By Nikita, SY BBA LLB
The Slavery Convention, also known as the Convention to Abolish the Slave Trade and Slavery, was signed on September 25th, 1926, and came into effect on March 7th, 1927.
The Slavery Convention of 1926 outlawed the practice of slavery and the slave trade and established clear instructions that State Parties agreed to follow to end these practices. Signatories to this Convention, which was established under the auspices of the League of Nations, are obligated to abolish slavery and slave trade in their respective countries. The Protocol modifying the Slavery Convention revises terminology by replacing references to the League of Nations entities with references to the United Nations agencies.
Slavery was defined in Article 1 of the Slavery Convention as “the position or condition of a person over whom the rights of ownership are exercised;” Slavery is defined as “acts involving the capture, sale, or transportation of enslaved persons… in general, any act of slave trade or transit.”
The Slavery Treaty was a result of the League’s Temporary Slave Commission, which found that slavery was pervasive across the world and that its abolition might be assisted by an international convention whose terms would be obligatory on the League’s member nations. Signatories to the agreement were obligated to stop slave traffic in their territorial seas and on ships flying their flag, help other countries in anti-slavery operations, and adopt national anti-slavery legislation and enforcement procedures. On the other hand, Article 9 of the agreement enabled each signatory to exclude any or all of its territory from the convention. This exception was sought by Britain for Burma and British India.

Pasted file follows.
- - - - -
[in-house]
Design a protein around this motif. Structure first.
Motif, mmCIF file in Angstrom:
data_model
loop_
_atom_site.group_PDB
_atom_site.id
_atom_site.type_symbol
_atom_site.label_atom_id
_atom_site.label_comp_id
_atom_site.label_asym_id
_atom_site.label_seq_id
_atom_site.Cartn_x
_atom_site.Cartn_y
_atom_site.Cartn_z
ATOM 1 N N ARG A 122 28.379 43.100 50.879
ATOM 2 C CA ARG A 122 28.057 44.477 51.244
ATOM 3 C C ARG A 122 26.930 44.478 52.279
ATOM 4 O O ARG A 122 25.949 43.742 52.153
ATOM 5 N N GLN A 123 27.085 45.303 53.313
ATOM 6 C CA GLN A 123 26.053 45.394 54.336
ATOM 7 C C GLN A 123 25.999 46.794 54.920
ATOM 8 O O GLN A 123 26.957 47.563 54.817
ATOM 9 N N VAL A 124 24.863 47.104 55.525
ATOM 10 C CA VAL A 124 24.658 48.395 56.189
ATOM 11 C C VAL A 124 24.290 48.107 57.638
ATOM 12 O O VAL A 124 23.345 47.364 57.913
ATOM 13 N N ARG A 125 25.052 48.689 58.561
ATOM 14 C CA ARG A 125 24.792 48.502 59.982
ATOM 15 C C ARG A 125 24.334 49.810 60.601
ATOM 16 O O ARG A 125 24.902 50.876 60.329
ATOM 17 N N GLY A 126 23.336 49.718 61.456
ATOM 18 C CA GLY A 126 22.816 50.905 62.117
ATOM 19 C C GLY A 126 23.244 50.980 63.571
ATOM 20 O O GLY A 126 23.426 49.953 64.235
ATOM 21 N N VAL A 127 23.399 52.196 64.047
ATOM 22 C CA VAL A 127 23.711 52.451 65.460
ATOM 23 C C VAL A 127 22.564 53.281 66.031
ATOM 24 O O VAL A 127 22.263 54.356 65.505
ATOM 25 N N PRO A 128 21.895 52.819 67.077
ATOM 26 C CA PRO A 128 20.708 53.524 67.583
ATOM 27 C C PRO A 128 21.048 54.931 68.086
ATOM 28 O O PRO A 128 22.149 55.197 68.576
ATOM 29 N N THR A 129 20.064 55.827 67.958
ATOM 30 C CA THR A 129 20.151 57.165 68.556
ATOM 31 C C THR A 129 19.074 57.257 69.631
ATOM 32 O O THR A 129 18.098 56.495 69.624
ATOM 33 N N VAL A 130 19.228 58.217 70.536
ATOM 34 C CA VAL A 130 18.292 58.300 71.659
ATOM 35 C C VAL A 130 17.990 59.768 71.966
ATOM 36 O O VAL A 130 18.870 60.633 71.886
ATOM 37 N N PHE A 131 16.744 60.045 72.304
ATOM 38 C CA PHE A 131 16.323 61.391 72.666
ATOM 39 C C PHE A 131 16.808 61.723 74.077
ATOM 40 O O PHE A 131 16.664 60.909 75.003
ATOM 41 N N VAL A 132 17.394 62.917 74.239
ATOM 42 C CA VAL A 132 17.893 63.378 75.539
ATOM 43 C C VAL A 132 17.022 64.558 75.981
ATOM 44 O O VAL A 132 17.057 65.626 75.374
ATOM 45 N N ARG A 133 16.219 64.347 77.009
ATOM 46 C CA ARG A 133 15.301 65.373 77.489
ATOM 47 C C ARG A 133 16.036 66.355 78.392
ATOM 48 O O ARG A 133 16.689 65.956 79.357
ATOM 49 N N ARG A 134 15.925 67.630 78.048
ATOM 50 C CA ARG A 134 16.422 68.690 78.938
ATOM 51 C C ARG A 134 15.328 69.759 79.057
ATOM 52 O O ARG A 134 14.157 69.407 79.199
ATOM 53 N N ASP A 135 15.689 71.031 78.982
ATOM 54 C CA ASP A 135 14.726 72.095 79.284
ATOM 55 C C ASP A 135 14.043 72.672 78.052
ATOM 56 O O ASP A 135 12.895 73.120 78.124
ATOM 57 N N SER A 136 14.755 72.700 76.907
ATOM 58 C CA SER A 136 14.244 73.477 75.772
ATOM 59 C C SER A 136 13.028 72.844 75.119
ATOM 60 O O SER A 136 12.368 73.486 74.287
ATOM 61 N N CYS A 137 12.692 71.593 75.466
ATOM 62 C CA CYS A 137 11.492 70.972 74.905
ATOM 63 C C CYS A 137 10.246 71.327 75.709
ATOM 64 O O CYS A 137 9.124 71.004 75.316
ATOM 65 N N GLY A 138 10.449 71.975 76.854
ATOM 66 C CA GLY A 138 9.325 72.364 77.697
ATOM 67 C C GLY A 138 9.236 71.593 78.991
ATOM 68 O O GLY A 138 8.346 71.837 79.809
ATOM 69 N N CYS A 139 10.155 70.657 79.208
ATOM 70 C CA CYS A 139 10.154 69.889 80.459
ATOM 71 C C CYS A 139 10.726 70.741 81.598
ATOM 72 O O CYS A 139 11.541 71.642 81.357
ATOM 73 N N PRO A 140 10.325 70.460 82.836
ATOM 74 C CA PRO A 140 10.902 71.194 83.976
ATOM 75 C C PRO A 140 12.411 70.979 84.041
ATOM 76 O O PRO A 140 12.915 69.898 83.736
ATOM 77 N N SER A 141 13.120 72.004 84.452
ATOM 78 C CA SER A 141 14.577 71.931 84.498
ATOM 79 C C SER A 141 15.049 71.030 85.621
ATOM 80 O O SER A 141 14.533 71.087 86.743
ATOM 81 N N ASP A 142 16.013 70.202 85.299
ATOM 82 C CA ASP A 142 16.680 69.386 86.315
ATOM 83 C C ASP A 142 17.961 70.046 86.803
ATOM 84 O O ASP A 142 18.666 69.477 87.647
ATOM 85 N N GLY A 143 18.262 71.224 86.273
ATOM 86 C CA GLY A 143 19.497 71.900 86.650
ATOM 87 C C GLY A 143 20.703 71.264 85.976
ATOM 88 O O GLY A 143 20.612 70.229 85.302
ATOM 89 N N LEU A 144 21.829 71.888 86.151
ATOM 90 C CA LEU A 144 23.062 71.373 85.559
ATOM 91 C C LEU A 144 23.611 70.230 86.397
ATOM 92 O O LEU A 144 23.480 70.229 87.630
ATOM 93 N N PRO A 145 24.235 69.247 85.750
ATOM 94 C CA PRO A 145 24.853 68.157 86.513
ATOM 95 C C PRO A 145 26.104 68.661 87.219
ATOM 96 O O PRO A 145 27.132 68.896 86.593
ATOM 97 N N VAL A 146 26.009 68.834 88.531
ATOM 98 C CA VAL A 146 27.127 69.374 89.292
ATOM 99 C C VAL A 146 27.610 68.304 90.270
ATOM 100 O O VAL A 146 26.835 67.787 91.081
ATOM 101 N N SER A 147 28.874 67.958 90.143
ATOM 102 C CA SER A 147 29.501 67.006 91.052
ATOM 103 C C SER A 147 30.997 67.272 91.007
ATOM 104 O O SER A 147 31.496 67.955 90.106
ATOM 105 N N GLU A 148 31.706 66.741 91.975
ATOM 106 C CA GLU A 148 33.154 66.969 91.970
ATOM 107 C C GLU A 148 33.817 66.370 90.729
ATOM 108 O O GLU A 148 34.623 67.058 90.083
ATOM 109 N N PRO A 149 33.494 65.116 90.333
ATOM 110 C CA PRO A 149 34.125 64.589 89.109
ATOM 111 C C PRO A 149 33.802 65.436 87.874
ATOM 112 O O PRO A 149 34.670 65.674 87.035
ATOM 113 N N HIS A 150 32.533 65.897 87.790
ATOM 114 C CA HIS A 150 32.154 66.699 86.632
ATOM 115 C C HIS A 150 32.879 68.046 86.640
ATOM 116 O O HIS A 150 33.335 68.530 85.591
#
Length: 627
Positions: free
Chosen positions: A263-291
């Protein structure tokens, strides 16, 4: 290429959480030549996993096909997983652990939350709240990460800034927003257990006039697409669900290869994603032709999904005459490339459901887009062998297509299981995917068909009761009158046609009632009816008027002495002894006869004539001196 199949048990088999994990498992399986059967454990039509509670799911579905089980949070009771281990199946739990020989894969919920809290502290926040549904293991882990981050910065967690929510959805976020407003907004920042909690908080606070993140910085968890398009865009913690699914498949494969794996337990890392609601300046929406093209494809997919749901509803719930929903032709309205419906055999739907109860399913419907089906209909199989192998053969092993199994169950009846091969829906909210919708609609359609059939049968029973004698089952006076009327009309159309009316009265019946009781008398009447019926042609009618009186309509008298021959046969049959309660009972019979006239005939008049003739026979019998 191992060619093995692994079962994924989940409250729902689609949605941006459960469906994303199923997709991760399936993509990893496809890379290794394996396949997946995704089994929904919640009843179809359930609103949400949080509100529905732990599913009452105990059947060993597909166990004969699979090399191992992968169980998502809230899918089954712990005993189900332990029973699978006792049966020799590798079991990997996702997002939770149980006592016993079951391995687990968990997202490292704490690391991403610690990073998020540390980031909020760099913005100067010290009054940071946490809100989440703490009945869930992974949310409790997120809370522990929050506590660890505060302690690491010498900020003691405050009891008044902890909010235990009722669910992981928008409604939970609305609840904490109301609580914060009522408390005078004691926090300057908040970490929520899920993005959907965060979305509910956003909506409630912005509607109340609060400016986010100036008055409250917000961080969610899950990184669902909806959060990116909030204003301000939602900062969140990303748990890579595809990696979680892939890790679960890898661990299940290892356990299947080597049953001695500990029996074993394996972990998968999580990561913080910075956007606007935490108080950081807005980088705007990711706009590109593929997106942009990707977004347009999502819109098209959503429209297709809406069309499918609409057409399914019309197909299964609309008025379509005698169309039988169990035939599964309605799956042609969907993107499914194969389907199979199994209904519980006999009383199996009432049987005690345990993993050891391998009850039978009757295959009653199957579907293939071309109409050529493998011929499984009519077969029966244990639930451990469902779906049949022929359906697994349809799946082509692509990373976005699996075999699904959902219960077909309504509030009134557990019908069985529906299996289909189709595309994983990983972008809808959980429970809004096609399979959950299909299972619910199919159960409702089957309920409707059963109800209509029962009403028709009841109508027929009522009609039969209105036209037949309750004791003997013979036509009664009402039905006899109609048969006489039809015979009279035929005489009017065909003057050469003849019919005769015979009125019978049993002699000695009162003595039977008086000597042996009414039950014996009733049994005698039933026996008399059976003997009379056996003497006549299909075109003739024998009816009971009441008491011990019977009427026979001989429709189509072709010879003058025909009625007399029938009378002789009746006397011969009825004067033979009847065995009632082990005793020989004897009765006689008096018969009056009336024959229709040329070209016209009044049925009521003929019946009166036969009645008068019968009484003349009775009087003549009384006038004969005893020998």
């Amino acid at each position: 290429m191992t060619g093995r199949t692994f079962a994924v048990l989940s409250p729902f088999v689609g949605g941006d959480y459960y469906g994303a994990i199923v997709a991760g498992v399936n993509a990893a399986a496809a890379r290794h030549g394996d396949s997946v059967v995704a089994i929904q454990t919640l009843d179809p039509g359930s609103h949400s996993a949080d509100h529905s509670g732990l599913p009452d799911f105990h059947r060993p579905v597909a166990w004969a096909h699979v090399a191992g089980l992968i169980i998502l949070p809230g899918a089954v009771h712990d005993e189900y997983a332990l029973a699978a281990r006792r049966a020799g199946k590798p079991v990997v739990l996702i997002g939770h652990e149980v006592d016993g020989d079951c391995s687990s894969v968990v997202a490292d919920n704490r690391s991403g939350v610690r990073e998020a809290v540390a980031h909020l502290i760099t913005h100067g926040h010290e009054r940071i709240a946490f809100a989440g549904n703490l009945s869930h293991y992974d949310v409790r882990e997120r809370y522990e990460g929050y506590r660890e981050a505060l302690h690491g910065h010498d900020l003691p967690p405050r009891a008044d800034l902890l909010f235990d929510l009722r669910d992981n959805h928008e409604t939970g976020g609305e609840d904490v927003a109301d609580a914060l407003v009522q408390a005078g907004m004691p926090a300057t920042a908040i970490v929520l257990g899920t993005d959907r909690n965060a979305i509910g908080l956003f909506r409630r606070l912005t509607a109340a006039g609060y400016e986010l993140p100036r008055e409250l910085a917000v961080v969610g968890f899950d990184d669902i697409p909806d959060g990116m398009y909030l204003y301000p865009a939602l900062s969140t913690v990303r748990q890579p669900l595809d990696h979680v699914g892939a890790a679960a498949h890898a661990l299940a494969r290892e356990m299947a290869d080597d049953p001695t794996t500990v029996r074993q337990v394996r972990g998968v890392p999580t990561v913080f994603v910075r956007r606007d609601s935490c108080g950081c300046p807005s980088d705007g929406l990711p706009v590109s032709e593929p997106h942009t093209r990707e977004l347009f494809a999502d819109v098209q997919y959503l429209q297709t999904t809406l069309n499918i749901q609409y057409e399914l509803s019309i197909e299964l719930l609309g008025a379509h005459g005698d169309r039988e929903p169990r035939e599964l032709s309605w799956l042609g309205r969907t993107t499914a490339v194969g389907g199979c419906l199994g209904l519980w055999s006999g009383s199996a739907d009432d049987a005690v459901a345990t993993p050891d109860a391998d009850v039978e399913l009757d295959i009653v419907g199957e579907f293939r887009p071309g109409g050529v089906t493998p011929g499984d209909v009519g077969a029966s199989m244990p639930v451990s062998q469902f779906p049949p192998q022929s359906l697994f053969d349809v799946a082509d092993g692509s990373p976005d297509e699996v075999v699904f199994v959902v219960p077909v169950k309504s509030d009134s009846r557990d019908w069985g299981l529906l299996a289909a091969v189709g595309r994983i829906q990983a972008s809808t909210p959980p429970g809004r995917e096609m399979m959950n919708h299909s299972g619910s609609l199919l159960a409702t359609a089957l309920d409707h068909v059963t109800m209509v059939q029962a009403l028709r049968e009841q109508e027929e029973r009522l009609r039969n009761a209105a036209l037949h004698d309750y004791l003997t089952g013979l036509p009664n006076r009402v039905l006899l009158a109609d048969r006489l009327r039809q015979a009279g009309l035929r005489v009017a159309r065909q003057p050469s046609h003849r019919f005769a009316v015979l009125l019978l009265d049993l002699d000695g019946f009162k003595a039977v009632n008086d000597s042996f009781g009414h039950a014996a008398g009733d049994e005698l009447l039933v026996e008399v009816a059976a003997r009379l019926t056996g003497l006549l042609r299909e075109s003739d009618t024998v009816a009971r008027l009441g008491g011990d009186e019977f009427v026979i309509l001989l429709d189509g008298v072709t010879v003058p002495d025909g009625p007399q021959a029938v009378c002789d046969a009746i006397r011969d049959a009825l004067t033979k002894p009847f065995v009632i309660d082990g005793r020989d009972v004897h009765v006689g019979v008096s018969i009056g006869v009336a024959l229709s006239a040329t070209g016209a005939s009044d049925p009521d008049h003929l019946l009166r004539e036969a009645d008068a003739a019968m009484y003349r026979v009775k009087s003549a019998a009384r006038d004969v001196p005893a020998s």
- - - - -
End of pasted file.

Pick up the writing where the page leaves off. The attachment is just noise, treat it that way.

On September 25th, 1926, the League of Nations Assembly passed the Slavery Convention. On March 9th, 1927, it went into effect on a global scale. On September 25th, 1926, Canada signed the Convention, which it ratified on August 6th, 1928.
Annex to the Protocol amending the Slavery Convention signed on the 25th of September, 1926 at Geneva:
- “The Secretary-General of the United Nations” shall replace “the Secretary-General of the League of Nations” in article 7.
- In article 8, “the International Court of Justice” replaces “the Permanent Court of International Justice,” and “the International Court of Justice’s Statute” replaces “the Protocol of December 16th, 1920, pertaining to the Permanent Court of International Justice.”
- “The League of Nations” should be substituted for “The United Nations” in the first and second paragraphs of Article 10.
- The last three paragraphs of Article 11 should be removed and they shall be substituted with “All States, including those that are not members of the United Nations, to whom the Secretary-General of the United Nations has sent a certified copy of the Convention, shall be eligible to join” and, “Accession shall be accomplished by the deposit of a formal instrument with the United Nations Secretary-General, who shall give notice thereof to all States Parties to the Convention and all other States contemplated in this article, informing them of the date on which each such instrument of accession was received in deposit.”
- “The League of Nations” must be replaced with “The United Nations” in Article 12.